Those negotiations have now ended leaving the city to apparently face additional legal costs.
The dissolution of talks between the parties, confirmed by Police Chief and City Administrator Hollis Alexander, signals that the four-year-old case will return to the courts. Jamus Redd, City Attorney when the tentative oral agreement was announced, said then he and the city were aware of the city’s losing record in the court system.
With the likelihood of returning to court before them, Alexander said the city council would likely discuss at their meeting March 7 filling the position of city attorney, which was vacated last month when Jamus Redd resigned to become a District Judge for the 56th Circuit.
“I feel like the council will have to make some sort [of decision],” Alexander said.
He said he did not believe any possible candidates for the position had been briefed about filling the post. He also said he was unaware if the city council had any candidates in mind.
Should the city be called into court before it can hire a new city attorney, Alexander said arrangements had been made with former City Attorney Steve Underwood to represent the city until the post can be filled. He said Redd had brought Underwood up to speed on the case.
“If we were called to court tomorrow, I think Steve Underwood would represent the city,” Alexander said.
He also said it was possible Ben Fletcher, who worked with Redd at the Fletcher & Redd law office in Hopkinsville, could represent the city in the interim.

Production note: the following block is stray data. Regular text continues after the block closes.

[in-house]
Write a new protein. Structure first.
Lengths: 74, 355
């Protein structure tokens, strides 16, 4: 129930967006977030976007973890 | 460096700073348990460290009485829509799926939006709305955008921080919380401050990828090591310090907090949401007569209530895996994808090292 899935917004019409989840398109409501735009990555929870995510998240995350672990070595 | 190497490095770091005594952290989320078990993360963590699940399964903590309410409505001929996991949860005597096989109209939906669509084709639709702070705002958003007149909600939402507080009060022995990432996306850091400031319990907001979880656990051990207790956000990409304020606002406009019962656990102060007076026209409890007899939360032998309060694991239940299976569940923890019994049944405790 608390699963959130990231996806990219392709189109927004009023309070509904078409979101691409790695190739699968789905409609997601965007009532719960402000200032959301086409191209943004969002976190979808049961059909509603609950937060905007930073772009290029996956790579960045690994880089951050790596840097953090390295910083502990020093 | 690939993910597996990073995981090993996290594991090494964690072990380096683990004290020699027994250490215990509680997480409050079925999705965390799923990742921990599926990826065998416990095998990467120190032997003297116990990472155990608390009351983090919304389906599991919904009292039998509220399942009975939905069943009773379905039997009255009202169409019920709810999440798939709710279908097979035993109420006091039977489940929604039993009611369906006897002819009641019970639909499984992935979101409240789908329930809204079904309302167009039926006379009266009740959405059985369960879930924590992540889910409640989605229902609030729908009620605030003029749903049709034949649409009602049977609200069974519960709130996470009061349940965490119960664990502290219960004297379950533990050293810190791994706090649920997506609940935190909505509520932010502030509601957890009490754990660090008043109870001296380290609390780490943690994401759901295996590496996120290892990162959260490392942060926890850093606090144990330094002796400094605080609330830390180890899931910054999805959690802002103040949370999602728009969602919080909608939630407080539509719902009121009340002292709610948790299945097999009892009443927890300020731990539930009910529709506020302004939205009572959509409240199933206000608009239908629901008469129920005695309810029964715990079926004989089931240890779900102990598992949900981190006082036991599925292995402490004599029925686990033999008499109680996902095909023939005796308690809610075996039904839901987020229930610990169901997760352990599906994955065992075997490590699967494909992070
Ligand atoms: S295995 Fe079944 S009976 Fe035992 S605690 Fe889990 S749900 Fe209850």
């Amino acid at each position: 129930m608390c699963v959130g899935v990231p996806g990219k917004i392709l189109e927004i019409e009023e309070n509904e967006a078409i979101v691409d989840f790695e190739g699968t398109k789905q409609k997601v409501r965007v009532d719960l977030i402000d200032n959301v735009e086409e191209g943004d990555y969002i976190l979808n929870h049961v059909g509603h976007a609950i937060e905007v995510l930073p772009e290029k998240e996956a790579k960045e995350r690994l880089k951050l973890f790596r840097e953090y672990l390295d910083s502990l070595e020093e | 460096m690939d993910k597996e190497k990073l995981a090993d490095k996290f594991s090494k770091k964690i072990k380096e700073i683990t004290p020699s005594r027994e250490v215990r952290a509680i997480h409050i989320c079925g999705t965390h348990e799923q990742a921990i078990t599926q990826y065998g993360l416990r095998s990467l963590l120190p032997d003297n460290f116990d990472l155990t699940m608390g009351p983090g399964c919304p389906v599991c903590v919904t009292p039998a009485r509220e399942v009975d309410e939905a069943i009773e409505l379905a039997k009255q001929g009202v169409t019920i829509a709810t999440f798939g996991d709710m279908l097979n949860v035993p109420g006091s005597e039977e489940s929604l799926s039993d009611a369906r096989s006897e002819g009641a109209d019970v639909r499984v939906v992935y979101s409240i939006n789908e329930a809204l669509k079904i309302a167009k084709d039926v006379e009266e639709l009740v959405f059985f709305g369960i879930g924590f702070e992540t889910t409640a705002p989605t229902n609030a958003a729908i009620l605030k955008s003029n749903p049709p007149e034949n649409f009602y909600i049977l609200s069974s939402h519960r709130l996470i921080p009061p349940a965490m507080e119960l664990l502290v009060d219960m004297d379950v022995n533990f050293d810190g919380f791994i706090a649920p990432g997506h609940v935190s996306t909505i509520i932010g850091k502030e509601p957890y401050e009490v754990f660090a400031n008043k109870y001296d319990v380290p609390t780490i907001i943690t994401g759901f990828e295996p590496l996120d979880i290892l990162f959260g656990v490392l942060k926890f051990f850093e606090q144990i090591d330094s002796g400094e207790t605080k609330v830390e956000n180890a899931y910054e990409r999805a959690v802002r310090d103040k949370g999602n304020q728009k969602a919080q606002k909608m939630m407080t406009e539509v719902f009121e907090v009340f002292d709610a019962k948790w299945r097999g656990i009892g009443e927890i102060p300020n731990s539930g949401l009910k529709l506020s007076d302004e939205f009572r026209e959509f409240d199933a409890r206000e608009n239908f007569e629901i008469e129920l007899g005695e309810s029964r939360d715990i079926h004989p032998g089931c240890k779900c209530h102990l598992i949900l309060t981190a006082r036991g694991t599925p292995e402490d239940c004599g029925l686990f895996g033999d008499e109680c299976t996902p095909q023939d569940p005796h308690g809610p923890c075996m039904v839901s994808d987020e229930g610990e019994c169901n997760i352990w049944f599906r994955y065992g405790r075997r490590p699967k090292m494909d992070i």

Alexander declined to comment on how the dissolution of negotiations would affect the timetable of resolving the suits against the city.
“I’d hate to put a timetable on it,” he said. “I feel like it’s another segment of the suit.”
He did say, however, that the latest development was unfortunate for the city, Headley Bluff and residents of the Apache Heights and Cherokee Hills, who have for years sought back taxes and the paving of their roads after it was discovered their neighborhoods were questionably annexed in 1996 and 1997.
The suits have also sought to have the areas in question deannexed from the current city limits, which could open entirely new legal questions for the city. The portions of land in question were the avenues in which Cadiz later annexed a corridor to Interstate 24 and the small business district in that area. There would also be a question on whether employees at Industries located along the area would be eligible for reimbursement of city taxes paid over the years.
Alexander declined to comment Monday on whether the dissolution of talks between the parties was more a function of the members of City Council being in disagreement on how to proceed (Susan Bryant and Frankie Phillips voted against September’s tentative agreement) or from Headley Bluff, Arrowhead Golf Course (the largest landowner in the area which is represented by a separate lawyer) and the individual residents who have filed a class-action lawsuit against the city.
Mayor Lyn Bailey could not be reached for comment.